There are exceptional examples of Ottoman and French era buildings that merit preservation, but this is not true of all historic buildings in Beirut. Preservation makes sense from an urban point of view, such as in the Foch-Allenby area in downtown Beirut, where an entire quarter was preserved and renovated after the war. There are few areas in Beirut that still retain their historic character in a way that would make conservation meaningful.
|Foch - Allenby Conservation Area|
The battle to save individual buildings is misguided; it’s more a heritage fetish than a desire to conserve. Why should the Ottoman and French heritage define what Beirut should look like today? In fact, the much-despised modern towers being built in Beirut have more of a local character than the imported historical models. A combination of building codes and local tastes has created a typology that is unique to the city, and it is remarkable how in recent years, the quality has significantly improved. The pastiche that flourished for a while has given way to a more thoughtful and elegant language.
|Residential tower by Nabil Gholam|
It is not difficult to detect the snobbish nature of the heritage preservation campaign. Many of its leaders are architects who are dismissive of the towers being built in Beirut, while they go around promoting a vision of the city that belongs to the 19th century. Even their attempt to make a link between preserving heritage and preventing gentrification is hypocritical. The historical area of Gemayzeh is inhabited almost exclusively by architects and BoBos, as became quite clear in a recent television debate held on the main street. Gentrification is happening with and without redevelopment; the city should at least enjoy the economic benefits of the latter.
Another interesting omission in this debate is the total absence of any reference to the only successful model of conservation and redevelopment, which is the work carried out by Solidere in downtown Beirut (The fortified medieval area and the adjoining Ottoman hill.) By shifting development rights onto other sites, Solidere created the economic model that would allow for development and conservation to take place. In addition, the Solidere model allowed for the construction of modern infrastructure, making it a novelty in Beirut.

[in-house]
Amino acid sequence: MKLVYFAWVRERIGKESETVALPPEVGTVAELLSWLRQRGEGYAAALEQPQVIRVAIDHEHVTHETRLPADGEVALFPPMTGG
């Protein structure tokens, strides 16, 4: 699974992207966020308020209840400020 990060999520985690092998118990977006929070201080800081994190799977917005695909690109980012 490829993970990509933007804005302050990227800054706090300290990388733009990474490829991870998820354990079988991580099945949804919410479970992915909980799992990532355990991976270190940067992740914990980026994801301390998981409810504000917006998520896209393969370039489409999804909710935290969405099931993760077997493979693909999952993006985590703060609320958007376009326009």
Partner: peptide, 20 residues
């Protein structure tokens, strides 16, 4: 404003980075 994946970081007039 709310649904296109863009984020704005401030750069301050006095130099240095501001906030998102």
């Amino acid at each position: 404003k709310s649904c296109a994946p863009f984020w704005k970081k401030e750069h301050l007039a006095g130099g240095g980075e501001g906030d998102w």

The result is a well-preserved historic area that no self-respecting heritage campaigner would be caught dead in. Thousands of tourists and visitors enjoy the area however, and it has become a buzzing (if over-priced) leisure destination. Perhaps it’s not to everyone’s taste, but it is a folly to believe that conservation today has anything to do with authenticity. The historic centres of European cities have long ago witnessed a similar transformation; it’s a romantic delusion to think city centres are where the natives live.
Heritage campaigns resonate well with western journalists who indulge in the fantasy that Beirut is an oasis of culture in the Middle East that should be preserved. Without fail, they all warn of Beirut becoming the next Dubai, forgetting that Beirut was the original Dubai. The heritage campaigns are manifestations of the deep unease with the pace of rapid change in Beirut and the inability of the Lebanese intellectuals to come up with an alternative vision for the city. Cities don’t have the patience to wait. I’m looking forward to more towers in Beirut; the long shadows should provide much needed shade on those hot summer days.